VCs Predict Potential Health Care IT Bubble In 2011

Health care investing, and specifically opportunities that meld information technology with care delivery and automation, could be big in 2011.

In fact, already the “b” word is being used (“b” for potential bubble).

There are good reasons for this brightening prospect. VCs have had a chance to digest some of the uncertainties and changes expected with health care reform. They are becoming more comfortable with opportunities created by the new law. They also are coming to terms with a more rigorous Food and Drug Administration.

The new zeal is obvious in a survey of venture investors released this week by the National Venture Capital Association and Dow Jones. The study found 77% of VCs expect an increase in health care IT investment dollars next year. Only 8% foresee a decrease.

In contrast, medical devices and biopharma investing see no such consensus. About a third of venture investors see an increase and about a third foresee a decrease.

One of those anticipating the health care IT trend is Lisa Suennen, a managing member of health care investors Psilos Group. In an e-mail discussing her outlook for 2011, she says:

“My prediction is that life sciences VCs will look to make up lost pharma opportunities by straying into healthcare IT and that this could be our next bubble…VCs (will) move to fund consumer-focused healthcare IT ideas that are somewhat free of business models.”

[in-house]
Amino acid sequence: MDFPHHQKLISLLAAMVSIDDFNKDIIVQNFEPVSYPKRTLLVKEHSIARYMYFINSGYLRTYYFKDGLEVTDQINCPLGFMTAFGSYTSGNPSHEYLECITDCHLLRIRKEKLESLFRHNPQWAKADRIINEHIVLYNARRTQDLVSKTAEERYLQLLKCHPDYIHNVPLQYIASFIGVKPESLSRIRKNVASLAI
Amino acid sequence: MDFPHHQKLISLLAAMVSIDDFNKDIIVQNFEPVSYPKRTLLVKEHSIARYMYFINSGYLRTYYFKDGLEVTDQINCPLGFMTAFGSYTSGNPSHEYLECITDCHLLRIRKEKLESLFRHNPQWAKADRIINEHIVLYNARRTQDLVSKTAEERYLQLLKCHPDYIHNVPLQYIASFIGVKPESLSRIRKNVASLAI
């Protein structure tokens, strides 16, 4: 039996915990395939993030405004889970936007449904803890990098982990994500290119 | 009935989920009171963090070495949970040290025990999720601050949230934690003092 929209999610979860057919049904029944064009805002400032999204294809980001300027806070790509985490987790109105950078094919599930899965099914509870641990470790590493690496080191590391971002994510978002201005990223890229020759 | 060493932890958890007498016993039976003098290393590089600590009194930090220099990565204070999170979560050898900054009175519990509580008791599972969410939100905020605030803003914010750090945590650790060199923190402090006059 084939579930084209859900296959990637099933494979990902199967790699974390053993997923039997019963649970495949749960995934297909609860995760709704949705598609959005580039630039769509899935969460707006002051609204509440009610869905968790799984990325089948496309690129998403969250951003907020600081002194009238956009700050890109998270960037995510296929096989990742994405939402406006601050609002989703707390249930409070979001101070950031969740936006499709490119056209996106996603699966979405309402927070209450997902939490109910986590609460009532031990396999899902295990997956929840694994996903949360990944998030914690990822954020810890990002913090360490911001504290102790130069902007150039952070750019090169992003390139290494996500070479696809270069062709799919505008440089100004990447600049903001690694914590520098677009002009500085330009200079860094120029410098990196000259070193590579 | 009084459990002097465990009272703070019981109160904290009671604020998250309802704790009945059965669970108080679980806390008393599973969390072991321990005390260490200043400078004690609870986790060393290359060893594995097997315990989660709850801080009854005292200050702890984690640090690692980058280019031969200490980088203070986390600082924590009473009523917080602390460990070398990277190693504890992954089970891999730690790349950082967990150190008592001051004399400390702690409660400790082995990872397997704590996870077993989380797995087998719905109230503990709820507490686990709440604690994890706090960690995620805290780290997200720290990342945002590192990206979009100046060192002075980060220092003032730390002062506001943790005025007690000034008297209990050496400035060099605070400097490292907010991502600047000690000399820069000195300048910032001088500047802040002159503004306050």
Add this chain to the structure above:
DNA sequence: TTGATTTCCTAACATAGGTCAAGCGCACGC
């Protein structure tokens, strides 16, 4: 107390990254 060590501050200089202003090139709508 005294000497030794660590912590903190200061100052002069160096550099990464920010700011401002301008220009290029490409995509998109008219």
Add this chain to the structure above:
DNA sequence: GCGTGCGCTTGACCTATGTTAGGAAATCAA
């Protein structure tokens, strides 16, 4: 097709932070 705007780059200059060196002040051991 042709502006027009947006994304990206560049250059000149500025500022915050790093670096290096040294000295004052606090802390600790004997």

David Mauney, a managing director at early stage investors De Novo Ventures, sees a companion shift away from risk to more established companies. It remains unclear how valuations could ultimately fare:

“Healthcare investors will shy away from Series A deals with longer regulatory trials and focus more dollars on late stage deals that are being aggressively re-priced.  There are also more VC firms that are using cross over vehicles to transact insider led deals.”

His colleague, Richard Ferrari, also a De Novo managing director, is upbeat about medical technology.

“VC investments into medical technology will definitely pick up in 2011. Many of the uncertainties, like the FDA, will begin to ease and become definable, which in itself will reduce risk. Those opportunities where clinical benefit is proven and the technology is disruptive, differentiated and represents growth will be high on the M&A target list.”

A brighter outlook for medical IT seems to be in the cards. Hopefully the health of the sector will improve as well.